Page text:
By Josh Mitchell
A rise in coronavirus infections is threatening to further slow the U.S. jobs recovery, which has lost momentum in recent months.
The number of Americans who filed initial jobless claims, a proxy for layoffs, fell earlier this month to the lowest level since March, when the pandemic shut down much of the country's business activity. Economists expect a report out Thursday from the Labor Department to show claims fell slightly last week. That's the good news.
The bad news: Claims remain exceptionally high by historical standards, and the decline has been slowing. Two weeks ago, 787,000 Americans filed initial claims, more than twice the weekly average in early March. Anecdotal evidence -- companies big and small announcing plans to lay off more workers as the pandemic persists -- suggests the labor market recovery will be protracted.
More than half the economists responding to a Wall Street Journal survey this month said they didn't expect the country to claw back until 2023 or later all the jobs lost as a result of coronavirus-related shutdowns.
The biggest threat right now is a rise in infections. The average number of new coronavirus cases reported daily over the past week reached a new peak of 68,767 on Monday. States and cities could impose new restrictions on businesses in response, as European countries have done. Consumers could also hunker down again, cutting back on travel, eating out and shopping.
"The easy gains have been had so far," said Brett Ryan, senior U.S. economist at Deutsche Bank. "We don't think that you're going to see the draconian shutdowns that you had at the beginning of the pandemic. It's going to be much more localized, but that alone keeps firms cautious."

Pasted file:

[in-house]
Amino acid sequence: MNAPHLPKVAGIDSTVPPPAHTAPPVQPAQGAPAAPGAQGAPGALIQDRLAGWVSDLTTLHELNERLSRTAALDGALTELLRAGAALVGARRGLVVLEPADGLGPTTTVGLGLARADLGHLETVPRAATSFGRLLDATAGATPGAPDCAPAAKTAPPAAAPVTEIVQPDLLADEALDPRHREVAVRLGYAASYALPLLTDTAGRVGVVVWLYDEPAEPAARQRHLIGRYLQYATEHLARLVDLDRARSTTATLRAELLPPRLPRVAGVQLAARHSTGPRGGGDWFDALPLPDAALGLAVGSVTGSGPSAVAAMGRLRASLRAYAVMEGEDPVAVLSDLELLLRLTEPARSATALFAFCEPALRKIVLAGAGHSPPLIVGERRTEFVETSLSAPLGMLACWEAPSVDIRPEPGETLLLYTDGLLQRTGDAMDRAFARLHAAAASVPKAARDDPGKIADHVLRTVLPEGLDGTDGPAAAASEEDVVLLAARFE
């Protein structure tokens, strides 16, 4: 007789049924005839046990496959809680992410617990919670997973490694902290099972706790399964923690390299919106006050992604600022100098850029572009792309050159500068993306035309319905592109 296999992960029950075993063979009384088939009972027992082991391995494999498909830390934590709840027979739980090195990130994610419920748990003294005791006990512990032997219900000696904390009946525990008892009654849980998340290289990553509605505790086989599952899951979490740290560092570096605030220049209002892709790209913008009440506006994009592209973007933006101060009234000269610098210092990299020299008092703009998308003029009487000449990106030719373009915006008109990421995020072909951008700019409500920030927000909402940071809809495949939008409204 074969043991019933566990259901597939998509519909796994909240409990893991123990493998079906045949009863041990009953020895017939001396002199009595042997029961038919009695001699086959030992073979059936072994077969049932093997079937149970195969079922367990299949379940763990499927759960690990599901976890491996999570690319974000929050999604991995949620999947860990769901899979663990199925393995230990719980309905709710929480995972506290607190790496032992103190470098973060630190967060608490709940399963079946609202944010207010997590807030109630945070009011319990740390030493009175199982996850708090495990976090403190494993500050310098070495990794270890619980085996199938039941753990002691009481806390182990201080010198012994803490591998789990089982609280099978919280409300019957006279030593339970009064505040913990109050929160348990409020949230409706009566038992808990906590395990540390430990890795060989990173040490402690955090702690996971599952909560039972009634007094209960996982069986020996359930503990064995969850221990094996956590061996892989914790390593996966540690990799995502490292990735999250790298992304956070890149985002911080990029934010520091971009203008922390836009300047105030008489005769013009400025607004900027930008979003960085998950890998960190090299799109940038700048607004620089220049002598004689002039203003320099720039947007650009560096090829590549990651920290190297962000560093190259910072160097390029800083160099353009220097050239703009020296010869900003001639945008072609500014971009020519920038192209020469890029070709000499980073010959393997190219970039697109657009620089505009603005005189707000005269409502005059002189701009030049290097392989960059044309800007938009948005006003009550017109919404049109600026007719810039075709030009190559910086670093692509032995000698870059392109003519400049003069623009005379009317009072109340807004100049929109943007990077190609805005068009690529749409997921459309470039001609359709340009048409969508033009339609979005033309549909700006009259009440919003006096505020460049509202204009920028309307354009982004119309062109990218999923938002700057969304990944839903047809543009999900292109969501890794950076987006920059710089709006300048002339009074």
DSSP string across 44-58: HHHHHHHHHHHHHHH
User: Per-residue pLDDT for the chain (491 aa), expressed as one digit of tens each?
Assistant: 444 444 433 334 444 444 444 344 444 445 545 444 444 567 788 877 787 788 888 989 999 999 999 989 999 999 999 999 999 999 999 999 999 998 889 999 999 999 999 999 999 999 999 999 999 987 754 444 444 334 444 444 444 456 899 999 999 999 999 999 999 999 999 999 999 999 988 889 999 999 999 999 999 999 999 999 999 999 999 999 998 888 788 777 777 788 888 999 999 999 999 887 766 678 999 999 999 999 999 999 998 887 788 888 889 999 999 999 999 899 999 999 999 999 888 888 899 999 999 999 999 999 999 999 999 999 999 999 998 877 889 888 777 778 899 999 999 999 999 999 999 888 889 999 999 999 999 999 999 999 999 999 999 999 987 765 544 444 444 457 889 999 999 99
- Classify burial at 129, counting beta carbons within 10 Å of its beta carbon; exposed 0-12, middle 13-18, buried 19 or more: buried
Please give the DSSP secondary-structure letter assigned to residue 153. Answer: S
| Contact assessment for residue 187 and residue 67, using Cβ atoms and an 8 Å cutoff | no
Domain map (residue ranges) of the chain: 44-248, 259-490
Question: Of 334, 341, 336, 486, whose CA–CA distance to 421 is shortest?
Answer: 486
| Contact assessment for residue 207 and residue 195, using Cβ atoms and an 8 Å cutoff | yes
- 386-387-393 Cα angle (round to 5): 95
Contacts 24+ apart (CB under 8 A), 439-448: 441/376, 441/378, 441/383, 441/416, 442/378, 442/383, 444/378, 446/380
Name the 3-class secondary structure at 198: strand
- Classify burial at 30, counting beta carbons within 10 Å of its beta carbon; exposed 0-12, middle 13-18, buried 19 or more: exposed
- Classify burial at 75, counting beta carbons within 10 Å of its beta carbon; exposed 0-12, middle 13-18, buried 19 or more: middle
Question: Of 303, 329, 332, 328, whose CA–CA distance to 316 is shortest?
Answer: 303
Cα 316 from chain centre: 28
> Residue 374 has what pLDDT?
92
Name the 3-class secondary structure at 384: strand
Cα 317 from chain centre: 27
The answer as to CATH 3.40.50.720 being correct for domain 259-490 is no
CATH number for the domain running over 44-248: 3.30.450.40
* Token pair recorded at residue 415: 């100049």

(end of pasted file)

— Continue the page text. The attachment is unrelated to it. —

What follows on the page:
Employers have been increasing their payrolls for months after severe staffing cuts in the spring. They shed 22.2 million jobs in March and April, during the worst of the shutdowns, and have added 11.4 million since then as restrictions eased.
But the monthly job gains have slowed since June. Employers added 661,000 jobs in September, less than half the 1.5 million added in August. The unemployment rate -- 7.9% in September -- remains more than twice as high as in February, when it tied a 50-year low of 3.5%.
The strong job growth over the summer largely reflected businesses such as restaurants and hospitals staffing back up quickly after being shut down for weeks.
Many businesses continue to operate below capacity. Many restaurants, for example, have been serving diners only outside or at half-capacity indoors to space out tables to comply with social-distancing rules.
The labor market faces at least two other threats. One is cold weather. Businesses moving indoors during the winter could risk further spread of the virus, which could prompt additional shutdowns.
The second is the expiration of enhanced unemployment benefits that the Trump administration had put in place this summer to boost the amount workers receive for unemployment compensation. When those run out, consumers might cut spending, which could prompt businesses to lay off workers.
Failed efforts by Congress and the White House to pass a new federal relief package "will likely result in more small business closures and state and local layoffs in the fourth quarter," David Kelly, chief global strategist of JPMorgan Funds, said in a note to clients this week.
"Most important, there continue to be wide swaths of the U.S. economy which simply cannot get back to normal in a worsening pandemic," Mr. Kelly said, "including travel, leisure, entertainment, restaurants and bricks-and-mortar retailing."
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(END) Dow Jones Newswires